A good start is half the battle

There is no doubt that OKRs have come into the mainstream since the launch of John Doerr’s book, Measure What Matters. It is an inspiring read, but it is not an OKR guidebook.

Many of the enquiries and referrals we receive are from frustrated business leaders who have read the book and then tried and failed to implement OKRs successfully.

There are many reasons why this happens. The common ones we’ve encountered include:

  • Setting far too many objectives from the outset
  • Introducing OKRs across the organisation too quickly
  • Converting everything the business is already doing into an OKR
  • Creating objectives that are dull and uninspiring
  • Mixing up tasks with objectives and key results
  • Outside of the executive team, nobody understands why OKRs are important

So how can you avoid these common pitfalls?

‘A good start is half the battle’ – Plato.

Start small and remember the mantra, to ‘Nail it before you scale it’.

Just adding a few milestones to an existing task doesn’t turn it into a key result. OKRs are about change. What will you have to do differently to achieve your goals? Making the distinction between what you are doing already and what changes you need to make will help you avoid mixing business-as-usual (BaU) activities with your OKRs.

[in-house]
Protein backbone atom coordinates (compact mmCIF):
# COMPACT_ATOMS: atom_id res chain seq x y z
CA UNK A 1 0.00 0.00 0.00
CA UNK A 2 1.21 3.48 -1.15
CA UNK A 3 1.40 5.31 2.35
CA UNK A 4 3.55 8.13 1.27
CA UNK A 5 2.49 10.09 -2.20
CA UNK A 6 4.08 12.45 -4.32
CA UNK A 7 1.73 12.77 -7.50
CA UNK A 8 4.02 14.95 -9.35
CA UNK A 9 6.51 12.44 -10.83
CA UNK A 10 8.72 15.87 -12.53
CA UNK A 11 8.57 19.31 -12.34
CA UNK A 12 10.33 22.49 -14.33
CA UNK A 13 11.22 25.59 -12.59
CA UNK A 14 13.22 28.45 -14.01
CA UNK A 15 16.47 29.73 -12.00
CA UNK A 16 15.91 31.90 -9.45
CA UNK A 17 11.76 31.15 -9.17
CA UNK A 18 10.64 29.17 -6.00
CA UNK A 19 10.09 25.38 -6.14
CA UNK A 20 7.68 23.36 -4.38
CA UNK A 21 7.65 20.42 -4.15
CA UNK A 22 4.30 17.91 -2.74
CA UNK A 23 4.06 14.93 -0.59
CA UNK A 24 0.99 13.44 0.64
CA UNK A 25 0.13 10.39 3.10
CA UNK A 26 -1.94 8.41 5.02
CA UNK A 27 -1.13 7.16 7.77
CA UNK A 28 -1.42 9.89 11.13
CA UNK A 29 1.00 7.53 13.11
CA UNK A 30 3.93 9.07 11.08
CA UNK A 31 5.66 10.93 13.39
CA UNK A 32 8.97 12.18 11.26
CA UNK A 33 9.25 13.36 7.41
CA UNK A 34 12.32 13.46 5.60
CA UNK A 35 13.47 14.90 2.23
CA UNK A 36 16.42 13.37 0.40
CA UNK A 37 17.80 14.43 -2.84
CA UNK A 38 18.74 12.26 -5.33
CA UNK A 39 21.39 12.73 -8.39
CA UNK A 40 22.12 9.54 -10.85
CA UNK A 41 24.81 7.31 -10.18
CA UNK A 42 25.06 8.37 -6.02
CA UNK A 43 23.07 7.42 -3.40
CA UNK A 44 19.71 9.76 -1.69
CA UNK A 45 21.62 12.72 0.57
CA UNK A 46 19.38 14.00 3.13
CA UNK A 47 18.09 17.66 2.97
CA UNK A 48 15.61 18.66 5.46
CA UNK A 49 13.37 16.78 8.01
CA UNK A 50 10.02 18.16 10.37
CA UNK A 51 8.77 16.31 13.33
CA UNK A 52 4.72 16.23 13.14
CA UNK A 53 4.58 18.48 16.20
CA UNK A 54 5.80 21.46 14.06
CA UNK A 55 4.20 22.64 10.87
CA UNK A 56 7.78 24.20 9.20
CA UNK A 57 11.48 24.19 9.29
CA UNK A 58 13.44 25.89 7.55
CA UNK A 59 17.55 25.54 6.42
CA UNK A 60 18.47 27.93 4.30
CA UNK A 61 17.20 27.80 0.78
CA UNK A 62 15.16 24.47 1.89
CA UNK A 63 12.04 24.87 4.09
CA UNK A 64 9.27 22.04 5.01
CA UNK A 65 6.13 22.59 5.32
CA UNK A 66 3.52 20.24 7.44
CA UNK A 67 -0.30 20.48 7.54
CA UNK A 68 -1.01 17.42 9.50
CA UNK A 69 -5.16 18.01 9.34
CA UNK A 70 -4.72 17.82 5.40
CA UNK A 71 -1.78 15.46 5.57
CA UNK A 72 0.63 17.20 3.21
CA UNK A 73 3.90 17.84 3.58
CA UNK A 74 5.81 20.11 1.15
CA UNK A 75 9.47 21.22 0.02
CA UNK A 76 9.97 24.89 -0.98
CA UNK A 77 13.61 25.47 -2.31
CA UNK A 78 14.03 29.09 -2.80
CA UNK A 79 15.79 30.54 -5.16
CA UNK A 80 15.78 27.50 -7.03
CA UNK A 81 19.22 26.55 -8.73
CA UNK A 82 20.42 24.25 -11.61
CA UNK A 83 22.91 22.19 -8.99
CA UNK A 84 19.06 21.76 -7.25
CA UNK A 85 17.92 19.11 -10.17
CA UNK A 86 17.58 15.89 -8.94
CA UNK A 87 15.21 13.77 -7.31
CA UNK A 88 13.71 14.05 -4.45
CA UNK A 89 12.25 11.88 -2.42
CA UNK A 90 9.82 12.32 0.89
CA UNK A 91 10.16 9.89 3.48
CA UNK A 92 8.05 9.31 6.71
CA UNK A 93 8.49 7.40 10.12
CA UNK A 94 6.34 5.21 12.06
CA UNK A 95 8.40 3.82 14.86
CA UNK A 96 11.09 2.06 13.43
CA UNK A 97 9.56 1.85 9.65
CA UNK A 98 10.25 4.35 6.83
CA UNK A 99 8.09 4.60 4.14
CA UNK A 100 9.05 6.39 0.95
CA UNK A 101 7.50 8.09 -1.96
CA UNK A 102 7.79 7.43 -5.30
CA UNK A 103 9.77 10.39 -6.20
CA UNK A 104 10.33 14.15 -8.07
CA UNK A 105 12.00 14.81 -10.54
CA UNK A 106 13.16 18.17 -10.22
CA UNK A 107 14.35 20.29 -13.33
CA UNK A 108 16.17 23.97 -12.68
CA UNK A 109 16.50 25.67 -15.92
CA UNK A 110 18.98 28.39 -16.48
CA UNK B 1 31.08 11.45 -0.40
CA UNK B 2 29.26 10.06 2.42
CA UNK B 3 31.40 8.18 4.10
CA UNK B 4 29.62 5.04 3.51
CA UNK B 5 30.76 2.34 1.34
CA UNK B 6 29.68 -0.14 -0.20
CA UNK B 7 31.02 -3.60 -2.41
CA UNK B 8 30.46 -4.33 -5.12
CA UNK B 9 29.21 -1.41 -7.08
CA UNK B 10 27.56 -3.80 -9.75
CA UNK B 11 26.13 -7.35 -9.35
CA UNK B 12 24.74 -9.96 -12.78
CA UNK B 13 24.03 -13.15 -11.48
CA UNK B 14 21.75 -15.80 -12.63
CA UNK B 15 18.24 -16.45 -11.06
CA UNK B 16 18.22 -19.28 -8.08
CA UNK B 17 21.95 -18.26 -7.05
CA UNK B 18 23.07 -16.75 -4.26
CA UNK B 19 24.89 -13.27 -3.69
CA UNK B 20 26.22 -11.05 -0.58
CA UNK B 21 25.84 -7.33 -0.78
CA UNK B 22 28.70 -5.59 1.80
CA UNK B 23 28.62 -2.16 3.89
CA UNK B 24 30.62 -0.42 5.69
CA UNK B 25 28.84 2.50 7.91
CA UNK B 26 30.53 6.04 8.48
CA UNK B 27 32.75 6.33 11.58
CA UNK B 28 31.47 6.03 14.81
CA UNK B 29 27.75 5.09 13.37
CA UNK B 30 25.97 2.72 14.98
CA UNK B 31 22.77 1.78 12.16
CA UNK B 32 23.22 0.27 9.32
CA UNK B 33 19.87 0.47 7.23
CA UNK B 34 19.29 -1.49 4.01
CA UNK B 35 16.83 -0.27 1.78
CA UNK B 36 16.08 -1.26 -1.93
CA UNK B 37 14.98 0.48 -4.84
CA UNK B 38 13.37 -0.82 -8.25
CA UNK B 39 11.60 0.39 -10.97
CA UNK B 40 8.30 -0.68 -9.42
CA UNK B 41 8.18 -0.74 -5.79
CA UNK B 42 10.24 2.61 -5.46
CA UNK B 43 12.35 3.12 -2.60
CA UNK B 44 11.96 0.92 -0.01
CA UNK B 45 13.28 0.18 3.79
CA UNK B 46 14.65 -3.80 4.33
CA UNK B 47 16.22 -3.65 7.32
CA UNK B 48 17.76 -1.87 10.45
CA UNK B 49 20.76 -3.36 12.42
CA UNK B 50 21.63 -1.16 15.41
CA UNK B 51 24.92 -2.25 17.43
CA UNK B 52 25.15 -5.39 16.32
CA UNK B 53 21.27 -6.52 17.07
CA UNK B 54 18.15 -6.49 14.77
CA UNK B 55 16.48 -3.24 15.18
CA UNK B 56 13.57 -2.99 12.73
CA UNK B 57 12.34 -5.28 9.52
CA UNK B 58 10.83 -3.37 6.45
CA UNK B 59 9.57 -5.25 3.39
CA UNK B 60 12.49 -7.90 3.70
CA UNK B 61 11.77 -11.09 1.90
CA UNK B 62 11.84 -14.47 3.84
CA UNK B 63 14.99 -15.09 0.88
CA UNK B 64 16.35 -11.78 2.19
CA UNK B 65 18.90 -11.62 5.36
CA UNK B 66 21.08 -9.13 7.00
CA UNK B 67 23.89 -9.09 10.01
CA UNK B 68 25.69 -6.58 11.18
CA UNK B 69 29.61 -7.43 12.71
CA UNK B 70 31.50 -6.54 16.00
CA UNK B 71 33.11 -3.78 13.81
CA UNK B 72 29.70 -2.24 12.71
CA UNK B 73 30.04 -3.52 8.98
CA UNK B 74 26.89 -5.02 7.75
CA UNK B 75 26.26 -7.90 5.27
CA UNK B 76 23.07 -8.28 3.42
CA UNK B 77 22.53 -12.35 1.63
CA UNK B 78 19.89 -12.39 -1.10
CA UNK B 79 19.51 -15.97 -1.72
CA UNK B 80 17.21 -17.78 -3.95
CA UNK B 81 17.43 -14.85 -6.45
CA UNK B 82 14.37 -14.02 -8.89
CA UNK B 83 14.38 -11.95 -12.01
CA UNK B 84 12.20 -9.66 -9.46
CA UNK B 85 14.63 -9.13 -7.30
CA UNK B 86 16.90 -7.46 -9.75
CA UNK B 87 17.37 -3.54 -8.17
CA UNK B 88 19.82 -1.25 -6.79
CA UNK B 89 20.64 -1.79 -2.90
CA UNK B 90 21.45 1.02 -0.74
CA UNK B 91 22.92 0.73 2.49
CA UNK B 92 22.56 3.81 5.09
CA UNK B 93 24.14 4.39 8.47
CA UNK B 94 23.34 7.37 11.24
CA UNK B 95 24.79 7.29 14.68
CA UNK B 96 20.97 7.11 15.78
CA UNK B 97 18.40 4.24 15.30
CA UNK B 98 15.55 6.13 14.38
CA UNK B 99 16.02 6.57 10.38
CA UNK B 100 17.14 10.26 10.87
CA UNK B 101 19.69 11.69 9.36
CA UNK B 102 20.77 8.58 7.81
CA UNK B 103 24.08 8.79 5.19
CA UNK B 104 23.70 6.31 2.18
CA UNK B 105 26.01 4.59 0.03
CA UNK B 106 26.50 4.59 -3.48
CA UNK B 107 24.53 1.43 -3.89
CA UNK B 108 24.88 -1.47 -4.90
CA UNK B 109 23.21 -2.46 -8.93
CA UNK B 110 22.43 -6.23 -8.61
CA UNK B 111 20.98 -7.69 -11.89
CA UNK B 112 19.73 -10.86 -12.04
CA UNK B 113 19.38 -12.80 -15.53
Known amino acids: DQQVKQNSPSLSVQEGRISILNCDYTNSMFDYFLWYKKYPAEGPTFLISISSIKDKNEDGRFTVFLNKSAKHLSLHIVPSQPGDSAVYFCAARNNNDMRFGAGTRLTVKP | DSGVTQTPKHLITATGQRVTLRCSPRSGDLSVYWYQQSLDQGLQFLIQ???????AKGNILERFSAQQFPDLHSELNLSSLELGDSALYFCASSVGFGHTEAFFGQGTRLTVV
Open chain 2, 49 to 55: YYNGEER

We recommend engaging specialist coaches, like AuxinOKR who, have experience in implementing OKRs successfully. OKRs are not a skill you can learn on a 2-day training course. It takes time and effort, just like learning to play the piano. So think OKR coaching before OKR training.

It’s important to consider and communicate why your organisation is looking at OKRs and why now. OKRs must be positioned correctly from the outset then driven with passion and enthusiasm. So it’s essential to start your OKR journey well if you are to achieve the outcomes you need. It’s important to understand that OKRs are a team sport too. From executive to frontline staff, you must foster a sense of ownership across all your teams; this will help develop an open, honest culture driven by a common purpose.

Scroll to Top